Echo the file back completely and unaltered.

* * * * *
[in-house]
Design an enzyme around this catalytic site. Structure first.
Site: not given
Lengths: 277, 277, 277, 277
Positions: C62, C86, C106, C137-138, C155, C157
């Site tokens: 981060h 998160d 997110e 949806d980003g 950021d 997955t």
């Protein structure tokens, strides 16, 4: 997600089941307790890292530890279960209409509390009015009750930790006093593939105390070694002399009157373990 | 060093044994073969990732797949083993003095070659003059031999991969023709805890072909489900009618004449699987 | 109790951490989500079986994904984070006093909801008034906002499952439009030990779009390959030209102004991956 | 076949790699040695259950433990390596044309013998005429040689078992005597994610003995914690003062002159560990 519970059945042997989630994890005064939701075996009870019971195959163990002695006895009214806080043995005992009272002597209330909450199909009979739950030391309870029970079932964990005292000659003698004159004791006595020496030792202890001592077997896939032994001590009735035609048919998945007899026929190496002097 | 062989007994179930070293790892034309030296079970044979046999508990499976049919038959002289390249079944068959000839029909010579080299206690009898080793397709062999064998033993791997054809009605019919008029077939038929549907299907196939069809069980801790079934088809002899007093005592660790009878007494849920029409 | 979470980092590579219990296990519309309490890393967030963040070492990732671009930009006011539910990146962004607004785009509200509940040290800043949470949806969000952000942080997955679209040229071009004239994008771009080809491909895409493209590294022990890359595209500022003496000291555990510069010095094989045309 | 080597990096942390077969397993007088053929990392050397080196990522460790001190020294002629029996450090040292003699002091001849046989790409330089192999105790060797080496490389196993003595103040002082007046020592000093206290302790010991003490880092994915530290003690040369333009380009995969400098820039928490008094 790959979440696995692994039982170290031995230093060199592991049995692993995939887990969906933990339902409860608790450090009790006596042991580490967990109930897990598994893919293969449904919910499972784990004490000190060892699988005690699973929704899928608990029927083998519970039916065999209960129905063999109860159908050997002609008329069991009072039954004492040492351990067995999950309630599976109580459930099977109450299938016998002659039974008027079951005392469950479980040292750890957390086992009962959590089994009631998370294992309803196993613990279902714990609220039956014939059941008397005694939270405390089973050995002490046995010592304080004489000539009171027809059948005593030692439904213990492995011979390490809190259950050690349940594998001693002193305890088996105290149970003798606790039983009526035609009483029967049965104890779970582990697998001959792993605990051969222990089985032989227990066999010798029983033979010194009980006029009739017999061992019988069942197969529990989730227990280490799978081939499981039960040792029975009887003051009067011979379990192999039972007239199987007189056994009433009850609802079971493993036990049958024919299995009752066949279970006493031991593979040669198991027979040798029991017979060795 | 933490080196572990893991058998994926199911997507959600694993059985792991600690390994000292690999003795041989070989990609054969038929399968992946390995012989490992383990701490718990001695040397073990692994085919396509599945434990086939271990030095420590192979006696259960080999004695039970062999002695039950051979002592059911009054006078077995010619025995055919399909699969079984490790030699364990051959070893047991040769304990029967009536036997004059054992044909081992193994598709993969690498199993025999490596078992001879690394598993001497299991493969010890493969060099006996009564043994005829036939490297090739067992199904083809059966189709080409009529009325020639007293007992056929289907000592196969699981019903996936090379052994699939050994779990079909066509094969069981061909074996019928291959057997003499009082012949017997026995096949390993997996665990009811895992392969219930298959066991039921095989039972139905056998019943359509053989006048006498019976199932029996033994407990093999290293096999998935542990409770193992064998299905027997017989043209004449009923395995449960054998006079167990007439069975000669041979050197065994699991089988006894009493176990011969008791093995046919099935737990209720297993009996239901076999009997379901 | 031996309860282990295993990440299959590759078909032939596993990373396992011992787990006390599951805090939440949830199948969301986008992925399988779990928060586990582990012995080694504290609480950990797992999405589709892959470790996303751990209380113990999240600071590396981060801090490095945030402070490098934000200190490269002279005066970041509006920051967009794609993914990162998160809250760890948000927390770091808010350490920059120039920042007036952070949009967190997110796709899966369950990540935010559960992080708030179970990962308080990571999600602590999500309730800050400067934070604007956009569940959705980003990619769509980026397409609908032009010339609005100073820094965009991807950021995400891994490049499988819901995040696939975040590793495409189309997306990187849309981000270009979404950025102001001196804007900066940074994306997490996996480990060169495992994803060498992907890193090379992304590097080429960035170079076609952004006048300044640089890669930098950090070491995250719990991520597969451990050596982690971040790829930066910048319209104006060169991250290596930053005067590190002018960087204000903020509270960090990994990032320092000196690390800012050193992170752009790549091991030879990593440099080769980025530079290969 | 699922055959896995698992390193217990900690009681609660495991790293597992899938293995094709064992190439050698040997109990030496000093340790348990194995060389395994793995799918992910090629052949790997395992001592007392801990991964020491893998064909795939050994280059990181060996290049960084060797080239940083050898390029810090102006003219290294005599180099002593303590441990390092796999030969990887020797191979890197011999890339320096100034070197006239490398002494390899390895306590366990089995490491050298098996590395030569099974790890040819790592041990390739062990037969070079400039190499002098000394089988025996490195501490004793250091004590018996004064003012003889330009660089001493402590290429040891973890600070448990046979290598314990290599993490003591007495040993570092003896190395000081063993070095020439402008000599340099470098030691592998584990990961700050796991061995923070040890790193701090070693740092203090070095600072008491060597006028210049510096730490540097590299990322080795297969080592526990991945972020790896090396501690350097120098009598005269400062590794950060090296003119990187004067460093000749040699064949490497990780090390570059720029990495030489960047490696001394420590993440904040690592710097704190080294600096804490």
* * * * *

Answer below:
[in-house]
Design an enzyme around this catalytic site. Structure first.
Site: not given
Lengths: 277, 277, 277, 277
Positions: C62, C86, C106, C137-138, C155, C157
């Site tokens: 981060h 998160d 997110e 949806d980003g 950021d 997955t």
């Protein structure tokens, strides 16, 4: 997600089941307790890292530890279960209409509390009015009750930790006093593939105390070694002399009157373990 | 060093044994073969990732797949083993003095070659003059031999991969023709805890072909489900009618004449699987 | 109790951490989500079986994904984070006093909801008034906002499952439009030990779009390959030209102004991956 | 076949790699040695259950433990390596044309013998005429040689078992005597994610003995914690003062002159560990 519970059945042997989630994890005064939701075996009870019971195959163990002695006895009214806080043995005992009272002597209330909450199909009979739950030391309870029970079932964990005292000659003698004159004791006595020496030792202890001592077997896939032994001590009735035609048919998945007899026929190496002097 | 062989007994179930070293790892034309030296079970044979046999508990499976049919038959002289390249079944068959000839029909010579080299206690009898080793397709062999064998033993791997054809009605019919008029077939038929549907299907196939069809069980801790079934088809002899007093005592660790009878007494849920029409 | 979470980092590579219990296990519309309490890393967030963040070492990732671009930009006011539910990146962004607004785009509200509940040290800043949470949806969000952000942080997955679209040229071009004239994008771009080809491909895409493209590294022990890359595209500022003496000291555990510069010095094989045309 | 080597990096942390077969397993007088053929990392050397080196990522460790001190020294002629029996450090040292003699002091001849046989790409330089192999105790060797080496490389196993003595103040002082007046020592000093206290302790010991003490880092994915530290003690040369333009380009995969400098820039928490008094 790959979440696995692994039982170290031995230093060199592991049995692993995939887990969906933990339902409860608790450090009790006596042991580490967990109930897990598994893919293969449904919910499972784990004490000190060892699988005690699973929704899928608990029927083998519970039916065999209960129905063999109860159908050997002609008329069991009072039954004492040492351990067995999950309630599976109580459930099977109450299938016998002659039974008027079951005392469950479980040292750890957390086992009962959590089994009631998370294992309803196993613990279902714990609220039956014939059941008397005694939270405390089973050995002490046995010592304080004489000539009171027809059948005593030692439904213990492995011979390490809190259950050690349940594998001693002193305890088996105290149970003798606790039983009526035609009483029967049965104890779970582990697998001959792993605990051969222990089985032989227990066999010798029983033979010194009980006029009739017999061992019988069942197969529990989730227990280490799978081939499981039960040792029975009887003051009067011979379990192999039972007239199987007189056994009433009850609802079971493993036990049958024919299995009752066949279970006493031991593979040669198991027979040798029991017979060795 | 933490080196572990893991058998994926199911997507959600694993059985792991600690390994000292690999003795041989070989990609054969038929399968992946390995012989490992383990701490718990001695040397073990692994085919396509599945434990086939271990030095420590192979006696259960080999004695039970062999002695039950051979002592059911009054006078077995010619025995055919399909699969079984490790030699364990051959070893047991040769304990029967009536036997004059054992044909081992193994598709993969690498199993025999490596078992001879690394598993001497299991493969010890493969060099006996009564043994005829036939490297090739067992199904083809059966189709080409009529009325020639007293007992056929289907000592196969699981019903996936090379052994699939050994779990079909066509094969069981061909074996019928291959057997003499009082012949017997026995096949390993997996665990009811895992392969219930298959066991039921095989039972139905056998019943359509053989006048006498019976199932029996033994407990093999290293096999998935542990409770193992064998299905027997017989043209004449009923395995449960054998006079167990007439069975000669041979050197065994699991089988006894009493176990011969008791093995046919099935737990209720297993009996239901076999009997379901 | 031996309860282990295993990440299959590759078909032939596993990373396992011992787990006390599951805090939440949830199948969301986008992925399988779990928060586990582990012995080694504290609480950990797992999405589709892959470790996303751990209380113990999240600071590396981060801090490095945030402070490098934000200190490269002279005066970041509006920051967009794609993914990162998160809250760890948000927390770091808010350490920059120039920042007036952070949009967190997110796709899966369950990540935010559960992080708030179970990962308080990571999600602590999500309730800050400067934070604007956009569940959705980003990619769509980026397409609908032009010339609005100073820094965009991807950021995400891994490049499988819901995040696939975040590793495409189309997306990187849309981000270009979404950025102001001196804007900066940074994306997490996996480990060169495992994803060498992907890193090379992304590097080429960035170079076609952004006048300044640089890669930098950090070491995250719990991520597969451990050596982690971040790829930066910048319209104006060169991250290596930053005067590190002018960087204000903020509270960090990994990032320092000196690390800012050193992170752009790549091991030879990593440099080769980025530079290969 | 699922055959896995698992390193217990900690009681609660495991790293597992899938293995094709064992190439050698040997109990030496000093340790348990194995060389395994793995799918992910090629052949790997395992001592007392801990991964020491893998064909795939050994280059990181060996290049960084060797080239940083050898390029810090102006003219290294005599180099002593303590441990390092796999030969990887020797191979890197011999890339320096100034070197006239490398002494390899390895306590366990089995490491050298098996590395030569099974790890040819790592041990390739062990037969070079400039190499002098000394089988025996490195501490004793250091004590018996004064003012003889330009660089001493402590290429040891973890600070448990046979290598314990290599993490003591007495040993570092003896190395000081063993070095020439402008000599340099470098030691592998584990990961700050796991061995923070040890790193701090070693740092203090070095600072008491060597006028210049510096730490540097590299990322080795297969080592526990991945972020790896090396501690350097120098009598005269400062590794950060090296003119990187004067460093000749040699064949490497990780090390570059720029990495030489960047490696001394420590993440904040690592710097704190080294600096804490």